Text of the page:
Increasingly, officials managing the reopening of local economies are focusing on the role of indoor air filtration to slow the spread of the virus that causes Covid-19. Governor Cuomo’s recent directive to businesses in New York State draws from guidance previously issued by the Centers for Disease Control and Prevention (CDC), the American Institute of Architects (AIA), and the American Society of Heating, Refrigeration, and Air-Conditioning Engineers (ASHRAE). However, these recommendations are creating some real challenges in practical application for businesses not only in New York, but around the country, as they look to safely reopen and remain open without incident.
“The guidance from Governor Cuomo and the experts on indoor air quality essentially directs building owners to utilize the existing air handling system to catch and trap lingering viral matter so that customers, employees and other building occupants can have confidence that the air around them is safe,” explains Christopher Fox, president of R.P. Fedder Industrial, an air filtration company based in Rochester, NY.
Much of the virus matter exhaled by an infected person is on particles that will fall to the ground within a radius of six feet. Outdoors, the rest disperses quickly with air currents. Indoors, however, virus matter that doesn’t fall to the ground could linger in the air as an aerosol or attach to dust particles, which then get recirculated throughout the space. That means occupants spending extended time within an indoor space can be at risk even with social distancing and/or long after an infected person has left the premises. For this reason, much of the focus of indoor air quality has fallen on capturing (or “filtering”) the particles that contain the virus.
Not all filters capture particles equally; the filter’s efficiency is critical in determining its ability to capture the size of particles that contain viruses. (“Efficiency” refers to how much particulate of various sizes is captured by the filters.) ASHRAE has set a filter rating scale – referred to as MERV ratings—where a higher MERV number equates to a greater percentage of ever smaller particles captured by the filter. To remove virus matter from the air, an air handling system pulls air from the room, moves the air through a high MERV filter, and puts the filtered air back in the room. The air circulates through the system typically two to four times an hour, or once every 15-30 minutes.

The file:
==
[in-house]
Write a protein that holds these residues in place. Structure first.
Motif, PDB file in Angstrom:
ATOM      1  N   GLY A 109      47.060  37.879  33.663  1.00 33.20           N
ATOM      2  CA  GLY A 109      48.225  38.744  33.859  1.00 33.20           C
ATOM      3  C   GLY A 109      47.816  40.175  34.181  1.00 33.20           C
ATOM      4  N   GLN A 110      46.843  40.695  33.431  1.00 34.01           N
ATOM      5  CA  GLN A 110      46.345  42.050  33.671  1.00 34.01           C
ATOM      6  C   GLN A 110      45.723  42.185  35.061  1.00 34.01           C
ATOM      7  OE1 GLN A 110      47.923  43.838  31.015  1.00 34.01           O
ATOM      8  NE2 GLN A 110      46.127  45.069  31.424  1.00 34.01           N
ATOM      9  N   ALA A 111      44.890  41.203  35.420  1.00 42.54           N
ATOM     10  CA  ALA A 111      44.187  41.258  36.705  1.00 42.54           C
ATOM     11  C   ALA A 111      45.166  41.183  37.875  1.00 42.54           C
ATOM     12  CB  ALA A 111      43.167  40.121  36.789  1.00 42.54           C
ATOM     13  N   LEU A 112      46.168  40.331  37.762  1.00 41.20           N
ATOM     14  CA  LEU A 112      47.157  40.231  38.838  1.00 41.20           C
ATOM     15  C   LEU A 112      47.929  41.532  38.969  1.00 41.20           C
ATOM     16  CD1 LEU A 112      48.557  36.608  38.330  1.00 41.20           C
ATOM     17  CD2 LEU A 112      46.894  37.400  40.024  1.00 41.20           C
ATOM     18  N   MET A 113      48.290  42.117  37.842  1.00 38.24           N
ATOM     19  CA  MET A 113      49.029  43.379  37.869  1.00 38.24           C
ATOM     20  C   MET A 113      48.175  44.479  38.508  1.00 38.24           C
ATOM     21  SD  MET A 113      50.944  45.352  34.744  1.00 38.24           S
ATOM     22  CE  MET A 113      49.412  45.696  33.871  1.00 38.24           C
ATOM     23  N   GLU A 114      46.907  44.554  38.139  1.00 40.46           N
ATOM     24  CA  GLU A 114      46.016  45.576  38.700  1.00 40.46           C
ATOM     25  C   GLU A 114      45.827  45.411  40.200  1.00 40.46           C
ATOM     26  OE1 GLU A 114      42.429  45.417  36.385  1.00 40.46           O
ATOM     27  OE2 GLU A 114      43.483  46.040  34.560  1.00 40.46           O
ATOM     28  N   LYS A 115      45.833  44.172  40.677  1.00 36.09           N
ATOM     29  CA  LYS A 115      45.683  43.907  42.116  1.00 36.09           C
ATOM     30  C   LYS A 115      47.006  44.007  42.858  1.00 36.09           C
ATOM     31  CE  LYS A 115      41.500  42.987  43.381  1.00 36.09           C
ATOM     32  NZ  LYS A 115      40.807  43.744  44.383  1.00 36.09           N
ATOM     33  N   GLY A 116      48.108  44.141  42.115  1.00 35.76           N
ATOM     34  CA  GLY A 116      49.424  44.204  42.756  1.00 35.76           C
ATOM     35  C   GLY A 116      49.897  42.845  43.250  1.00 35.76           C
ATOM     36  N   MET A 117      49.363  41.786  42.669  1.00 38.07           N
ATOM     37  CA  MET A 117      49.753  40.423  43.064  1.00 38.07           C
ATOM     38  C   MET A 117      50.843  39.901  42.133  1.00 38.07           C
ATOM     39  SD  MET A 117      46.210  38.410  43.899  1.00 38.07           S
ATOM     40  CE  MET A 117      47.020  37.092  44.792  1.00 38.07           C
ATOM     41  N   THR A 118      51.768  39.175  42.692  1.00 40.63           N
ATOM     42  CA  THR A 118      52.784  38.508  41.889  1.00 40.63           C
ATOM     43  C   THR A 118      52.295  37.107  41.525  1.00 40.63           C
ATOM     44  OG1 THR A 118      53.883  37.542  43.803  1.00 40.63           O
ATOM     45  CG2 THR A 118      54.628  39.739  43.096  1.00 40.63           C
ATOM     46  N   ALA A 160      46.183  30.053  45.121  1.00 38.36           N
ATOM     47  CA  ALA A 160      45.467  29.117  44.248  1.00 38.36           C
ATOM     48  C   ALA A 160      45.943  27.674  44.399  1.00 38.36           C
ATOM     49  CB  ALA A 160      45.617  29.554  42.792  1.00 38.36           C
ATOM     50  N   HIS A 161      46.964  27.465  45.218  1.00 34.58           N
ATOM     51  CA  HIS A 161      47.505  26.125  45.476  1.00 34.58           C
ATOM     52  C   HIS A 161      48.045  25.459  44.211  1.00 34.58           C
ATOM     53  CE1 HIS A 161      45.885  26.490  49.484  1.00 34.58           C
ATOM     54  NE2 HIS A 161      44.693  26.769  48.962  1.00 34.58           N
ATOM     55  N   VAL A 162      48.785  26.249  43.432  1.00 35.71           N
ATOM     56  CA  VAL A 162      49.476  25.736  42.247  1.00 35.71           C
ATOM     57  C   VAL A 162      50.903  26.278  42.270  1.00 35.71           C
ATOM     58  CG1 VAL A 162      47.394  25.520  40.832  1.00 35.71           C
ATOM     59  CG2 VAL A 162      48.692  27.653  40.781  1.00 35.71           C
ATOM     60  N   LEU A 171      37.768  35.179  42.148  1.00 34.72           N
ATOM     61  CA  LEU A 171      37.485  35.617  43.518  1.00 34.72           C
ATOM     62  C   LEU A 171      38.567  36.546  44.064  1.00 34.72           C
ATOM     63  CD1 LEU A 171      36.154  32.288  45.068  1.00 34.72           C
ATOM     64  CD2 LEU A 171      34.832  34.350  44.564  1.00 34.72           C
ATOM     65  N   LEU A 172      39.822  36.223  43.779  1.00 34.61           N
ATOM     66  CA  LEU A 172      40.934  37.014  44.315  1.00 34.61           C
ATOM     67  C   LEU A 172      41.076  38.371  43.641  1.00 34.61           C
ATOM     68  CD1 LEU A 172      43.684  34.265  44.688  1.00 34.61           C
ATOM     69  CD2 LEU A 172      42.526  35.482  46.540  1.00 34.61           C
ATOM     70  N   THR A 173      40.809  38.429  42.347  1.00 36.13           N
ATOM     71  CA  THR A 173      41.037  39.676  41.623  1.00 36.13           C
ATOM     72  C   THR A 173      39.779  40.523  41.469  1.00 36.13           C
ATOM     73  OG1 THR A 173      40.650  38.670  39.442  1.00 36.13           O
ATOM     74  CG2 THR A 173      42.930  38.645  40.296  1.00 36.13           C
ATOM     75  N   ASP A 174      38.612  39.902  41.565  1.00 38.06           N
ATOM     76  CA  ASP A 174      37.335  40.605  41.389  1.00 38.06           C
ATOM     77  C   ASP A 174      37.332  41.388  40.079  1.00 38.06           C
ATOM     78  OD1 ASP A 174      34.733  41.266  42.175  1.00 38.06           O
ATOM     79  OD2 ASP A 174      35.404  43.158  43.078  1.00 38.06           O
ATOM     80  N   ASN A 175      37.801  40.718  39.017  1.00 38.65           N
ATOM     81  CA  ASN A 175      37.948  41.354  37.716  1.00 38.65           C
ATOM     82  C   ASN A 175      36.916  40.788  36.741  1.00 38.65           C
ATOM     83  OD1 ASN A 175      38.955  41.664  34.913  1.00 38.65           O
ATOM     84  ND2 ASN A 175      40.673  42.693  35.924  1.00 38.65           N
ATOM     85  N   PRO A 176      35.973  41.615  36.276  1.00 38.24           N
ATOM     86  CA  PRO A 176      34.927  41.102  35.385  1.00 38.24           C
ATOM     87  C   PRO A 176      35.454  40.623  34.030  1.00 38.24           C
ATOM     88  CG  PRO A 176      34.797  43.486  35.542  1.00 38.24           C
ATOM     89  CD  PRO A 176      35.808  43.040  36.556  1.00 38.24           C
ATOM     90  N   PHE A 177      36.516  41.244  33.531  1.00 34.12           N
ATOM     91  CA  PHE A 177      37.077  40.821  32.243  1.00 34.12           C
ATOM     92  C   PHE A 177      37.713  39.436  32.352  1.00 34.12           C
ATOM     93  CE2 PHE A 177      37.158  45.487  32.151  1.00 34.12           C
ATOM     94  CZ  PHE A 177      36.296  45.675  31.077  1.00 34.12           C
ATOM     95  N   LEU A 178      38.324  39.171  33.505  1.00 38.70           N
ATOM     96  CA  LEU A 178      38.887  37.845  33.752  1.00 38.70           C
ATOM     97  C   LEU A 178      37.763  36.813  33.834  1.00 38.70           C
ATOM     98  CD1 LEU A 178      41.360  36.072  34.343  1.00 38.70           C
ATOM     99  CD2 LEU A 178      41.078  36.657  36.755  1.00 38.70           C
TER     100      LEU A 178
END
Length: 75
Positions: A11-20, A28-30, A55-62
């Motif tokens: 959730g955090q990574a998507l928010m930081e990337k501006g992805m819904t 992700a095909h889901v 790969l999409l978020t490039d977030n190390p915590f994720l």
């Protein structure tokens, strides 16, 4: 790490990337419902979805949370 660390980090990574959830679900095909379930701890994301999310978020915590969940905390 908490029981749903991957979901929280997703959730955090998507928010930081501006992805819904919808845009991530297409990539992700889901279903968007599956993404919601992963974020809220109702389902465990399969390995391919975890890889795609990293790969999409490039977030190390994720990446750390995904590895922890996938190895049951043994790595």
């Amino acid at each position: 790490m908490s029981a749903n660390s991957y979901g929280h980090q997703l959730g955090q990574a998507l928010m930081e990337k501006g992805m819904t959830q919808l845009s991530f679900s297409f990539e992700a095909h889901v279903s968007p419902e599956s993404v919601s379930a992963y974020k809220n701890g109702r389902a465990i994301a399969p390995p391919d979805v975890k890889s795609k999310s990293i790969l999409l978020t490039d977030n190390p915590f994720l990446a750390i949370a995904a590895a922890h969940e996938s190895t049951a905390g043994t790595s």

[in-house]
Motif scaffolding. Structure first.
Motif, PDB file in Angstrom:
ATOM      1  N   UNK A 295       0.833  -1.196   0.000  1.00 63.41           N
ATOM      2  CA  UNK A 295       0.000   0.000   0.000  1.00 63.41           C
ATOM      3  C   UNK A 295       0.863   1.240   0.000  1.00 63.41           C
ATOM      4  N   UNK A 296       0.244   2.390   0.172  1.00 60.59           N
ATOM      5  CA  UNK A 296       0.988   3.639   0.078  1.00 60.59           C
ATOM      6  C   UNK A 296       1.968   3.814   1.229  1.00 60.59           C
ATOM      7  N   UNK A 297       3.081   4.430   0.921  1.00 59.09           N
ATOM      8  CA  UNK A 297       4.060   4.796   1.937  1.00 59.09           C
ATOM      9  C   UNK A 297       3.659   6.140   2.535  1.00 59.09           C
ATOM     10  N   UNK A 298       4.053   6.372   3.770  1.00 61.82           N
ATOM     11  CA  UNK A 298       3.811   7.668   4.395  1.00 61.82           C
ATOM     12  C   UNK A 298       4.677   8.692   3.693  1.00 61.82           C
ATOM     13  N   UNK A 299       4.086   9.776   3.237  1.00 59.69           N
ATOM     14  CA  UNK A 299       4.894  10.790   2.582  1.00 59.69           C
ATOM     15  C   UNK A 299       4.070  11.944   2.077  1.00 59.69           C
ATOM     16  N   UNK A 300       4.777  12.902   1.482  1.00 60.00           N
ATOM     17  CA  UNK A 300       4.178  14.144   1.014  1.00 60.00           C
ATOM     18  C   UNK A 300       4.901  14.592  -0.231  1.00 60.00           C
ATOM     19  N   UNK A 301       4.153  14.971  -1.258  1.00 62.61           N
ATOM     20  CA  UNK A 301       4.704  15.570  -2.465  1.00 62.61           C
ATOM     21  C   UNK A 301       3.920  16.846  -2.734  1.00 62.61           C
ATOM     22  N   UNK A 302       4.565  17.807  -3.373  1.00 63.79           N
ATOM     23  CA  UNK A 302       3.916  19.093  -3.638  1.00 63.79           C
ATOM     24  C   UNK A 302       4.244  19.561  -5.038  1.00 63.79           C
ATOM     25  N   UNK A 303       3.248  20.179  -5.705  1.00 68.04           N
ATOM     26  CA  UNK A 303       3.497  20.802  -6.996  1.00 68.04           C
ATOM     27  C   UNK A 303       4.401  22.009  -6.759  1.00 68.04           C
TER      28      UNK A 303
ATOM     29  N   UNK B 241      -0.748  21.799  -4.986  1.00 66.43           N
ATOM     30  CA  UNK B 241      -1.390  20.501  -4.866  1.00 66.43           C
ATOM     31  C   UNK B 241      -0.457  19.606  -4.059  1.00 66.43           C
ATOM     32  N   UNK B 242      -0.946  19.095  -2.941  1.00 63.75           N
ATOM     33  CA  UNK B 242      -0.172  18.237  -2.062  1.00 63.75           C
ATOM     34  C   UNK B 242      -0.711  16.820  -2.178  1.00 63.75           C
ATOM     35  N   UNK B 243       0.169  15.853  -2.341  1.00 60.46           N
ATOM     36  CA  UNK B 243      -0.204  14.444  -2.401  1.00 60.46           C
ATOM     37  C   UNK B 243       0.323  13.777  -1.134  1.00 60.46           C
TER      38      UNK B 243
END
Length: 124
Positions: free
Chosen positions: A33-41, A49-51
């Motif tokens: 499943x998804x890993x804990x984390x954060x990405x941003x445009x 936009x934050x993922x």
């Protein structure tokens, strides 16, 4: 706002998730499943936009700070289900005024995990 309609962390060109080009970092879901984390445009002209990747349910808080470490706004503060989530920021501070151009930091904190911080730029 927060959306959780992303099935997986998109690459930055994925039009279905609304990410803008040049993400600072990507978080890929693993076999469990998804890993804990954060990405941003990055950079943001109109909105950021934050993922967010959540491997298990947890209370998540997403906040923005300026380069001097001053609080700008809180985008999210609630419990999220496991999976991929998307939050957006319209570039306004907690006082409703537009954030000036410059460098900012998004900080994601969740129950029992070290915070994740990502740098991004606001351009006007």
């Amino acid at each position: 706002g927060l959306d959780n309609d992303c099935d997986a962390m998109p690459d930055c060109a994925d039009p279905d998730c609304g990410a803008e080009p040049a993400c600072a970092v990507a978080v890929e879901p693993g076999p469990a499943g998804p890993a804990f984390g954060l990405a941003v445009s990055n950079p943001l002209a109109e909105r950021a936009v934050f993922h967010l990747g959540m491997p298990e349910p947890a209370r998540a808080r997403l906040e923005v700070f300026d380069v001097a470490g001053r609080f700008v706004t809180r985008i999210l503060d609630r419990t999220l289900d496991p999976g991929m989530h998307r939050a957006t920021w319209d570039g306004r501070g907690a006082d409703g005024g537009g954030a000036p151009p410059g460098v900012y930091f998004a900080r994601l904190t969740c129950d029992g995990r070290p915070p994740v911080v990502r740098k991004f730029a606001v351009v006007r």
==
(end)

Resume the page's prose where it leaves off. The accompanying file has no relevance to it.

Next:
While it may seem, then, that a building manager just needs to put in a higher MERV filter, it is not that simple. One challenge is that the MERV rating of a filter may deteriorate with time, sometimes in a matter of just weeks. “Many filters weren’t designed with life-saving functionality in mind, so declining MERV ratings didn’t matter. Now it matters because that filter is supposed to be capturing Covid-19 infected particulate,” says Fox. All filters sold in the United States must be tested per ASHRAE standards, and that test includes evaluating performance over the life of the filter. Fox recommends building managers look at a filter’s MERV-A rating, which more accurately represents the filter’s true efficiency in real-life applications.